Ms. Phillips wants city policymakers to realize that "reading is important for a whole lot of reasons" and that is why it is important that DC City Council will provide strong funding for adult literacy programs. 

She says literacy is the key factor in determining whether  a person can work in a higher wage position or one that pays low wages. It can be the difference between a person taking medication correctly or making a costly visit to the emergency room because they could not read the instruction label correctly. 

Despite the hard work put forth by LVA and other DC adult literacy programs, there are still tens of thousands of DC residents who lack basic proficiency in reading and math. That lack of basic skills hinders not just job prospects for those residents but also exerts a negative impact on their health care, financial security, and family relationships, and their own children's experiences with education. Many people with low literacy levels end up being incarcerated. 

Adults who are literate are better able to become responsible and productive members of our city. Funding adult literacy programs is really about making sure that people have the basic tool -- literacy -- that can help them and their children to lead better, more fulfilling lives. It's an investment that reaps dividends. 

LVA is proud to participate as a member of the DC Adult and Family Literacy Coalition. The third week in September is Adult and Family Literacy Week in Washington, DC.  



by Literacy Volunteers and Advocates on 08/11/14

Veronica Jackson Bey is excited about the murder mystery she is reading. More than just a pleasant social hour, the summer book club Ms. Jackson Bey attends at Edgewood Terrace is improving her reading skills. 

"It's bringing me up to a higher level of reading," she declares.

LVA's learners were excited when summer book clubs were started to help boost their reading skills over the summer. 

This year, notes Leitha Wilson, Lead Instructor, the effectiveness of the clubs have been bolstered by using books published by Grass Roots Press, a Canadian publisher, specializing in educational resources for adult learners. Instructor Marilyn Lowry recommended Grass Roots Press to LVA. 

LVA's summer book clubs previously concentrated on the classics.While learners were excited reading them, they are finding this year's selections to be particularly meaningful. "Everybody can relate to the themes of the Grass Roots Press books and find their lessons transferable to their everyday lives," says Ms. Wilson. 

On a recent Tuesday morning, Ms. Wilson's class is showing great interest in a book called Play Money written for adult learners who are reading at a basic level. The story focuses on a woman, Terri, whose habitual overuse of credit cards and ATMs is propelling her toward bankruptcy.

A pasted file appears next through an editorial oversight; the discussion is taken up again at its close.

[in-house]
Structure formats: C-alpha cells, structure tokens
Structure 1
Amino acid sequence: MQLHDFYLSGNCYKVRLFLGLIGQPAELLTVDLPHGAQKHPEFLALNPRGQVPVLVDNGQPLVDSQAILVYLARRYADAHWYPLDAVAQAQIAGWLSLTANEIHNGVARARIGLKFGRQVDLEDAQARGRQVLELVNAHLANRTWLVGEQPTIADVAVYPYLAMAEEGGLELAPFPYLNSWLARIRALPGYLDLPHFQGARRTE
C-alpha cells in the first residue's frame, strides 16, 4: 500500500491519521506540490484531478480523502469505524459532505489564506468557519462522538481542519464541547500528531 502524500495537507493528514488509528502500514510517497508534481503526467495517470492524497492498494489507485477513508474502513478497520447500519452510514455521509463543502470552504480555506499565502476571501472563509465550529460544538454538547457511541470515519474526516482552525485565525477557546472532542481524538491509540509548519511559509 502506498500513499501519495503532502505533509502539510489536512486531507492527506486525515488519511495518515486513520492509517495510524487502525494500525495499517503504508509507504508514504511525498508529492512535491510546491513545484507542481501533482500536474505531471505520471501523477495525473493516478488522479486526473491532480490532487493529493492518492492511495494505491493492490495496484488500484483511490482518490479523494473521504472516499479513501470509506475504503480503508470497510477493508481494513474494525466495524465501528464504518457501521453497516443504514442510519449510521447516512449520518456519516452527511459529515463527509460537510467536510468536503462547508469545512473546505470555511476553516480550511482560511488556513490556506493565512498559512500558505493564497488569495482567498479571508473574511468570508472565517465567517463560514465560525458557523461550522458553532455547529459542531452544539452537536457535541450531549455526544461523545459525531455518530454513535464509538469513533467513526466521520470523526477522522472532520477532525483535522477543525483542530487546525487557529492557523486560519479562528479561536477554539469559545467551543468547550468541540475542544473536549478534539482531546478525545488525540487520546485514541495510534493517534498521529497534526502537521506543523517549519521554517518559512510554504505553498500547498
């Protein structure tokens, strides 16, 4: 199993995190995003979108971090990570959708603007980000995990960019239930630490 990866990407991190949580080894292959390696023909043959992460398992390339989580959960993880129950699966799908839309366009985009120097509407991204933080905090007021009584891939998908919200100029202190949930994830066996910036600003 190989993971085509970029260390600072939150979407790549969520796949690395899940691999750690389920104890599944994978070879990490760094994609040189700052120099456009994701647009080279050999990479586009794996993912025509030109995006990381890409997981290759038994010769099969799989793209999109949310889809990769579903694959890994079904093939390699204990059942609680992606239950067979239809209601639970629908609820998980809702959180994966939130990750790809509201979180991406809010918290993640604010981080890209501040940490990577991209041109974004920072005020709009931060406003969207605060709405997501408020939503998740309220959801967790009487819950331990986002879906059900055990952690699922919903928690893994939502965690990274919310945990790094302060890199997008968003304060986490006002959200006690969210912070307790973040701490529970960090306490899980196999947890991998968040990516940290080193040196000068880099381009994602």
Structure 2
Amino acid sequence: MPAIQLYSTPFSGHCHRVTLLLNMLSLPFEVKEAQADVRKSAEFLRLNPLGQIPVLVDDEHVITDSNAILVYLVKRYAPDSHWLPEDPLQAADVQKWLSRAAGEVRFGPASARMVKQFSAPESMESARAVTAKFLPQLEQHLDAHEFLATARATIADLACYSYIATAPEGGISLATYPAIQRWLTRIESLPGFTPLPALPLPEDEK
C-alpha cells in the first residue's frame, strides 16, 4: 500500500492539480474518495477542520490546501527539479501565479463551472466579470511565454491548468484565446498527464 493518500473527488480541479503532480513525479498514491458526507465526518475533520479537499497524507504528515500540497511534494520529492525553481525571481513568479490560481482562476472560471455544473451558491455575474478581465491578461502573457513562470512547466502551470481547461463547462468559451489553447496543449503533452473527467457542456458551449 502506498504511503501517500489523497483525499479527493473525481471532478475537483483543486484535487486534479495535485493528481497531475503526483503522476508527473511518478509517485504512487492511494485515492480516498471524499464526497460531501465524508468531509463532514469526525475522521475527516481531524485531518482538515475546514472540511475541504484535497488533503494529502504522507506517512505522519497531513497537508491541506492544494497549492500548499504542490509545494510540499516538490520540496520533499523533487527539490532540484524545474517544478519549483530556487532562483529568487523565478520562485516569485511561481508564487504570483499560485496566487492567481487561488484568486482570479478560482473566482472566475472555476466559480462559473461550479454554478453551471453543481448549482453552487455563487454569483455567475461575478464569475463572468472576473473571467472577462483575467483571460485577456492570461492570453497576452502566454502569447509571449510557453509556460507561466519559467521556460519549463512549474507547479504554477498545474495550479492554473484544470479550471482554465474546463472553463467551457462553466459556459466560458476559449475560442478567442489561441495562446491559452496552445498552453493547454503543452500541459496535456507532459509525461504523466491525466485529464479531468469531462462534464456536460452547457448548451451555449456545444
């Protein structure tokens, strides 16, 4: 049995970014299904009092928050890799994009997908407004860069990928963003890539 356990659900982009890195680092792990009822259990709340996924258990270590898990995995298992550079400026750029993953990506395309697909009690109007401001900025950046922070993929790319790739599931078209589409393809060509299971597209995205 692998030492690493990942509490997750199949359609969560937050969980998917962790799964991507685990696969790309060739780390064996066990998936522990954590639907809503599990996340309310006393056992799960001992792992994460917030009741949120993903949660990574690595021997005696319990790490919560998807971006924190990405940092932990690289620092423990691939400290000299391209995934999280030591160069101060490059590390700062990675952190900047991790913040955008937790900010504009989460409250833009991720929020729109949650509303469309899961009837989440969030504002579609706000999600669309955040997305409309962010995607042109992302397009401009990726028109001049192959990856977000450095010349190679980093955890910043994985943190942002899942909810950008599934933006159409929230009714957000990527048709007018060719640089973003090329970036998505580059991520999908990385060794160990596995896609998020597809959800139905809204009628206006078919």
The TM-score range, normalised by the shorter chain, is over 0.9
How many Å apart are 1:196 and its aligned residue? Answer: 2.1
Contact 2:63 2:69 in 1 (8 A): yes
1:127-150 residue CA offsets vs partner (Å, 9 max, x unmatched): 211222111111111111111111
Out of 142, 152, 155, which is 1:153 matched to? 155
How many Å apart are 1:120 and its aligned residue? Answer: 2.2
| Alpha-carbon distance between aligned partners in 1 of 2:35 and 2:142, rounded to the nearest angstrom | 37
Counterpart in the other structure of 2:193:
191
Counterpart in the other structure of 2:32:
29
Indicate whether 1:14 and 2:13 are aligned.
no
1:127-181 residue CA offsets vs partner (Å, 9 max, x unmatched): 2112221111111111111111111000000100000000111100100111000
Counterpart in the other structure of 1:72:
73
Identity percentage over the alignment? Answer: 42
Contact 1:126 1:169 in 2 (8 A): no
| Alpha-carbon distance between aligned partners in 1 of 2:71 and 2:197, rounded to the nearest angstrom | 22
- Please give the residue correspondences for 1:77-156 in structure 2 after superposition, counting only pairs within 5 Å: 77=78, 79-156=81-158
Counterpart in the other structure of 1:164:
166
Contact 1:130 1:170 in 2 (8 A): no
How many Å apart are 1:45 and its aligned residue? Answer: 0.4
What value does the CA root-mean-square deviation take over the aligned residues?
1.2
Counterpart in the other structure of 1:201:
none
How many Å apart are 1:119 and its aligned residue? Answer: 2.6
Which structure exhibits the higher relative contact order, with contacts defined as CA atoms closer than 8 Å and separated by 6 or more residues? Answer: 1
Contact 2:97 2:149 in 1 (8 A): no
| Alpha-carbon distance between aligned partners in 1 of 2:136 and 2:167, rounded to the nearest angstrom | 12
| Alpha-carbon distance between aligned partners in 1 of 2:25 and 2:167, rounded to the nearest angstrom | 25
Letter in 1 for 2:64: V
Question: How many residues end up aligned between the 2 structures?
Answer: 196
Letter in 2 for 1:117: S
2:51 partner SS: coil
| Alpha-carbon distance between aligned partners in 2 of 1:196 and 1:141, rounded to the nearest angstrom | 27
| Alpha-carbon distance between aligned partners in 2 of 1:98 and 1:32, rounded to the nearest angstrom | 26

What helps to keep LVA learners turning the pages of Play Money is not just an experience with money that is common to too many Americans, but also that Terri finds herself with two potential suitors, her credit counselor and her friend, Brett, who has also expressed concern about how she handles her money. 

Ms. Wilson's class is learning at several levels.

Not only are they engaged in reading, they are learning about the dangers of overspending and the need for self-discipline regarding finances. Ms. Wilson is pleased that Grass Roots Press books come with downloadable study guides with questions to encourage critical thinking about the lessons of the stories. When Ms. Wilson prods her students to answer questions, she encourages them to do so using complete sentences that fully express their thoughts. 

During her class, Ms. Wilson asks, "What is going on with Terri's control over her money?"

Bernice Johnson responds, "She has not learned to manage her money."

"That's a good answer," says Ms. Wilson with a smile. 

It's not just LVA's Edgewood students who are benefitting from book clubs. Ms. Lowry, whose class at Wardman Court, has been reading The Stalker, a murder mystery. Ms. Lowry reports how energizing her students find the reading and the discussions examining the conflicts experienced by the book's characters which sometimes mirror their own. "We stayed an extra half-hour to finish the book," she recalls. 

Not only are LVA learners enjoying what they have been reading, but Ms. Wilson recalls one woman who find her club's selection so captivating that she asked, 'What can I read when I finish with this book?"

Ms. Wilson adds, "It's the love of reading that we hope to promote. So it is exciting to provide learners with adult-themed materials that they are enjoying." 

LVA is thrilled to announce that two of its learners have
been featured on NPR (88.5 WAMU) as part of a five-part
series on Adult Education called Yesterday's Dropouts. The interview can be found by clicking the WAMU link below. We are so proud of our learners and their dedication to literacy.